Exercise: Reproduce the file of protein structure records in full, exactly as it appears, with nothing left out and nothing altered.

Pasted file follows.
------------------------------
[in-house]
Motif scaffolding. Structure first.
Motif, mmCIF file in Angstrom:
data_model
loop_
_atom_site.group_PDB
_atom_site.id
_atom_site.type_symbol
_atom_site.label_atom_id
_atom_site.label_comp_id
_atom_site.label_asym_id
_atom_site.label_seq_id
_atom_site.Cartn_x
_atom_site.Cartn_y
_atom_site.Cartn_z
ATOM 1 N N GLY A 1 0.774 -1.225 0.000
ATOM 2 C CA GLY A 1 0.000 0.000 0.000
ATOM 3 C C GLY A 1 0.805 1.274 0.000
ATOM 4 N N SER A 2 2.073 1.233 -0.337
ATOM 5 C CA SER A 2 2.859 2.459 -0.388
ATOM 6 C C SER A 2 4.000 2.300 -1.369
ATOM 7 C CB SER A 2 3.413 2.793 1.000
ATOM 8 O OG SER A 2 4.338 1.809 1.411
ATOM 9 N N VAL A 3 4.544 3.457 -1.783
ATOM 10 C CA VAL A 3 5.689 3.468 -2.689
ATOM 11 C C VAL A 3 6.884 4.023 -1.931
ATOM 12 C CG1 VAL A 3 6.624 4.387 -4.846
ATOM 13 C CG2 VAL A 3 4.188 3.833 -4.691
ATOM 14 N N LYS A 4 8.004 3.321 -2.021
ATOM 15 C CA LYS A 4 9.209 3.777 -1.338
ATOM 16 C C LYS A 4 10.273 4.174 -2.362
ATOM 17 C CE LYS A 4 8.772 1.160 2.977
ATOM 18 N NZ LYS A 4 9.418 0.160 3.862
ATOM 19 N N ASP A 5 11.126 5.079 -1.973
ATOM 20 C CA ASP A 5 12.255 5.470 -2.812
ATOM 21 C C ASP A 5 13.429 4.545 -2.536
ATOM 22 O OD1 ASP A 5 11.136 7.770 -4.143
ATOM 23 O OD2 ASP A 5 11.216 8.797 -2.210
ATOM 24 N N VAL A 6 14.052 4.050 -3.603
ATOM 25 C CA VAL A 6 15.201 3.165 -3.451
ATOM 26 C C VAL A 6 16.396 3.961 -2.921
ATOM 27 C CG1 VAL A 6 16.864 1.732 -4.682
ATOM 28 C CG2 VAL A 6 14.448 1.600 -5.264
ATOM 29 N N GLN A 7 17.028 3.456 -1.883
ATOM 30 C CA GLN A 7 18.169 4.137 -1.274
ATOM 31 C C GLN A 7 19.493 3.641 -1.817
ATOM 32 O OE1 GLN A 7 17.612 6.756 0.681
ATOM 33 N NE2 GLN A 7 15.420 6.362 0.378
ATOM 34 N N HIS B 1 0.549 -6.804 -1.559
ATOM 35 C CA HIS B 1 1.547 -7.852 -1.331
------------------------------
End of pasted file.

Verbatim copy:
[in-house]
Motif scaffolding. Structure first.
Motif, mmCIF file in Angstrom:
data_model
loop_
_atom_site.group_PDB
_atom_site.id
_atom_site.type_symbol
_atom_site.label_atom_id
_atom_site.label_comp_id
_atom_site.label_asym_id
_atom_site.label_seq_id
_atom_site.Cartn_x
_atom_site.Cartn_y
_atom_site.Cartn_z
ATOM 1 N N GLY A 1 0.774 -1.225 0.000
ATOM 2 C CA GLY A 1 0.000 0.000 0.000
ATOM 3 C C GLY A 1 0.805 1.274 0.000
ATOM 4 N N SER A 2 2.073 1.233 -0.337
ATOM 5 C CA SER A 2 2.859 2.459 -0.388
ATOM 6 C C SER A 2 4.000 2.300 -1.369
ATOM 7 C CB SER A 2 3.413 2.793 1.000
ATOM 8 O OG SER A 2 4.338 1.809 1.411
ATOM 9 N N VAL A 3 4.544 3.457 -1.783
ATOM 10 C CA VAL A 3 5.689 3.468 -2.689
ATOM 11 C C VAL A 3 6.884 4.023 -1.931
ATOM 12 C CG1 VAL A 3 6.624 4.387 -4.846
ATOM 13 C CG2 VAL A 3 4.188 3.833 -4.691
ATOM 14 N N LYS A 4 8.004 3.321 -2.021
ATOM 15 C CA LYS A 4 9.209 3.777 -1.338
ATOM 16 C C LYS A 4 10.273 4.174 -2.362
ATOM 17 C CE LYS A 4 8.772 1.160 2.977
ATOM 18 N NZ LYS A 4 9.418 0.160 3.862
ATOM 19 N N ASP A 5 11.126 5.079 -1.973
ATOM 20 C CA ASP A 5 12.255 5.470 -2.812
ATOM 21 C C ASP A 5 13.429 4.545 -2.536
ATOM 22 O OD1 ASP A 5 11.136 7.770 -4.143
ATOM 23 O OD2 ASP A 5 11.216 8.797 -2.210
ATOM 24 N N VAL A 6 14.052 4.050 -3.603
ATOM 25 C CA VAL A 6 15.201 3.165 -3.451
ATOM 26 C C VAL A 6 16.396 3.961 -2.921
ATOM 27 C CG1 VAL A 6 16.864 1.732 -4.682
ATOM 28 C CG2 VAL A 6 14.448 1.600 -5.264
ATOM 29 N N GLN A 7 17.028 3.456 -1.883
ATOM 30 C CA GLN A 7 18.169 4.137 -1.274
ATOM 31 C C GLN A 7 19.493 3.641 -1.817
ATOM 32 O OE1 GLN A 7 17.612 6.756 0.681
ATOM 33 N NE2 GLN A 7 15.420 6.362 0.378
ATOM 34 N N HIS B 1 0.549 -6.804 -1.559
ATOM 35 C CA HIS B 1 1.547 -7.852 -1.331